Detailed criteria regulate production environments in the food and beverage industry. These regulations are in place to ensure that consumers are safe and that quality is consistent across product batches.
Both local and international standards provide best practice information to guide food manufacturers toward regulatory compliance. Consumer demand for safe and high-quality products in a global supply chain mandates sustainable food and beverage regulation.
The International Organization for Standardization (ISO) was founded in 1947 and is present in 167 countries. Many countries have specific government organizations to protect and promote public health through the control and supervision of food safety. In many cases, these government entities may harmonize their quality system regulation with the ISO standards.Food and beverage companies that adhere to these standards require advanced data collection and reporting utilizing specific software solutions in their analytical laboratories.. Creating a compliant food and beverage production facility allows you to safely supply local and global markets with a safe and steady stream of goods. Many companies find that utilizing a laboratory information management system (LIMS) software platform helps maintain these high standards and consistency across batches.
What Are the Consequences of Not Following Regulations?
Food service franchises and restaurants can find it challenging to comply with many regulations. Violations can be costly or dangerous; many food safety regulations carry significant penalties for noncompliance. Any restaurant that fails to maintain proper procedures can result in expensive illness or injury for staff members or guests. Owners and managers who fail to stay informed of laws that apply to their restaurants can put themselves, their staff, and their customers at risk.
Here are five food and beverage regulation considerations that are important for businesses in those industries to keep in mind:
A certification body must be competent to perform tests and calibrations, including sampling, according to ISO/IEC 17025. Tests and calibrations using standard and nonstandard methods, as well as laboratory-developed methods, are included. Accredited laboratories can demonstrate their technical proficiency and ensure that their data are accurate and precise. Third parties review the accreditation requirements to ensure that the laboratory’s quality management system continues to be technically competent and compliant with ISO/IEC 17025, even though it is voluntary.
All food producers are responsible for the safety of their products to ensure the well-being of their consumers. ISO 22000 addresses this responsibility. Unsafe food can have serious consequences. As well as working alongside other management standards, such as ISO 9001, ISO’s food safety management standards allow organizations to identify and control food safety hazards. Providing reassurance within the global food supply chain, ISO 22000 can be applied to all types of producers, helping products cross borders and bringing consumers food they can trust.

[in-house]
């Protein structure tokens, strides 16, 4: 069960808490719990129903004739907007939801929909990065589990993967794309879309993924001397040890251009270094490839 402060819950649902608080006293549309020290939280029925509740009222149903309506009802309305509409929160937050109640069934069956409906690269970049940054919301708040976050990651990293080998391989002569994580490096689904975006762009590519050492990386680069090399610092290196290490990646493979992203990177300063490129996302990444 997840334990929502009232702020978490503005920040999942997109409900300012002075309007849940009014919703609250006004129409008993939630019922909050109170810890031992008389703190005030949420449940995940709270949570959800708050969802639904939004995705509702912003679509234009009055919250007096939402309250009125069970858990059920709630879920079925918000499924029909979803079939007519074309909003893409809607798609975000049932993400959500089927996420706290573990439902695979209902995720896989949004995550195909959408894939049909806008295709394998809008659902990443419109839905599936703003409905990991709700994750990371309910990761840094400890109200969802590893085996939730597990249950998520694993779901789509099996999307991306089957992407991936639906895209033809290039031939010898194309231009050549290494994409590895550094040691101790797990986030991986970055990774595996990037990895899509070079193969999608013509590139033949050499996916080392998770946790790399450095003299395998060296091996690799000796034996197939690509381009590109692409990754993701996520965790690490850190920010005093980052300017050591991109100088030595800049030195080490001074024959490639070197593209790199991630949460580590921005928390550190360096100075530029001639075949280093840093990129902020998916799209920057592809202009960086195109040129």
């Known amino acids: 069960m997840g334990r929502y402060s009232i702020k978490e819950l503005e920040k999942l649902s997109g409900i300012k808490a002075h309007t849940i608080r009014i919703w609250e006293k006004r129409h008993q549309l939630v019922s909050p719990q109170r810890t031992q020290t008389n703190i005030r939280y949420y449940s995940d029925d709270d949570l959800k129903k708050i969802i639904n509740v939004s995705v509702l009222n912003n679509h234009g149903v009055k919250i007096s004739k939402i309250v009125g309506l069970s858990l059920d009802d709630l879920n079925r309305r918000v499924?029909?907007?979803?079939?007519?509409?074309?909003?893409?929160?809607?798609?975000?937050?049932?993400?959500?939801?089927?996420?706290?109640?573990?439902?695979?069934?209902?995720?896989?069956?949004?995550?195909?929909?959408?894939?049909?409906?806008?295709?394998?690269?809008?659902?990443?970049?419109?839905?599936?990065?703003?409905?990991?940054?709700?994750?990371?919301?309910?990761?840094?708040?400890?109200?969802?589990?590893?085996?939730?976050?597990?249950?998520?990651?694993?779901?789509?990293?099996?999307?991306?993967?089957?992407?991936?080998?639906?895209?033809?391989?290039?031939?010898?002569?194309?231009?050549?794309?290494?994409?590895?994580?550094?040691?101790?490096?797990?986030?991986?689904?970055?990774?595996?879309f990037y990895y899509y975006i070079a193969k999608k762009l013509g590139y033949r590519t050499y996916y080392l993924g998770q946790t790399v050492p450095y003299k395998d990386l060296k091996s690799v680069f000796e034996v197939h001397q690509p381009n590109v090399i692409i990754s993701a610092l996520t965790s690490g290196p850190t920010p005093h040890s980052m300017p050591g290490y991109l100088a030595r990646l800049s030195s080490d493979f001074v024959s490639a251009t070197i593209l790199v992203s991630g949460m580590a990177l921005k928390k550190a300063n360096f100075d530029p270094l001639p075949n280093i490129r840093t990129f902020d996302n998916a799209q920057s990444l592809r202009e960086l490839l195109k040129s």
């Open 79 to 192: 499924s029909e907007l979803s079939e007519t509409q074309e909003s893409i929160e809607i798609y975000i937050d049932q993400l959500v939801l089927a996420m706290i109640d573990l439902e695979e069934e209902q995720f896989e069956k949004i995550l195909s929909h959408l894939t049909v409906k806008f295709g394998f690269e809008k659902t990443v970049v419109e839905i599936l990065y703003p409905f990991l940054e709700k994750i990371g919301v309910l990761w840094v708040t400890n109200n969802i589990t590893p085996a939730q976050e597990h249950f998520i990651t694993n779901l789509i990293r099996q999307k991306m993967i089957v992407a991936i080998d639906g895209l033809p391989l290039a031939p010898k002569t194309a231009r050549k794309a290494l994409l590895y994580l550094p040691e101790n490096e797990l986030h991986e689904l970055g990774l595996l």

Similarly, HACCP is a management system where food safety is addressed by analyzing and controlling biological, chemical, and physical hazards at each step of the supply chain, from raw materials to manufacturing, distribution, and consumption. Management must strongly support the HACCP concept for a HACCP plan to be successful. When top management is committed to HACCP, employees feel the importance of producing safe foods.
Instituted by the U.S. Food and Drug Administration (FDA) in 1978, good laboratory practice or GLP is a formal regulation affecting the pharmaceutical and food industries. In addition to regulating nonclinical laboratory safety studies (e.g., animal toxicology testing), GLP stipulates that food and color additives, animal food additives, human and animal drugs, and medical devices are safe for use. By adhering to GLP, food laboratories can protect public health by maintaining data integrity and quality during testing.
The FDA’s Food Safety Modernization Act (FSMA) transforms food safety with a system that prevents food-borne problems by regulating the way foods are grown, harvested and processed. Facilities must evaluate the threats that could affect food safety and then specify, monitor, and maintain routine records of controls to minimize or prevent the hazards. The organization must have a corrective action plan to ensure an effective, documented resolution process when issues arise.
21 CFR Part 11
Part 11 of Title 21 of the Code of Federal Regulations establishes regulations for electronic records and electronic signatures (ERES) by the FDA. The guidance defines the criteria so that information submitted electronically is considered trustworthy, reliable, and equivalent to paper records.Part 11 requires organizations to adopt controls, including audits, system validations, audit trails, electronic signatures, and documentation for software and systems used to process electronic data required by FDA predicate rules. An FDA predicate rule is any requirement outlined in the Federal Food, Drug and Cosmetic Act, the Public Health Service Act, or any other FDA regulation other than Part 11.
Maintain Regulations With the Help of LIMS From LabWare
At LabWare, we understand the importance of keeping in line with these regulations in the food and beverage industry and know that our software can help. Integrating LIMS with food laboratory instruments, such as chromatography data systems, eliminates manual labor by automating repetitive tasks. In addition, the LIMS allows food manufacturers and contract laboratories to integrate across platforms with a secure electronic data delivery system that makes up a unified database to enhance collaboration.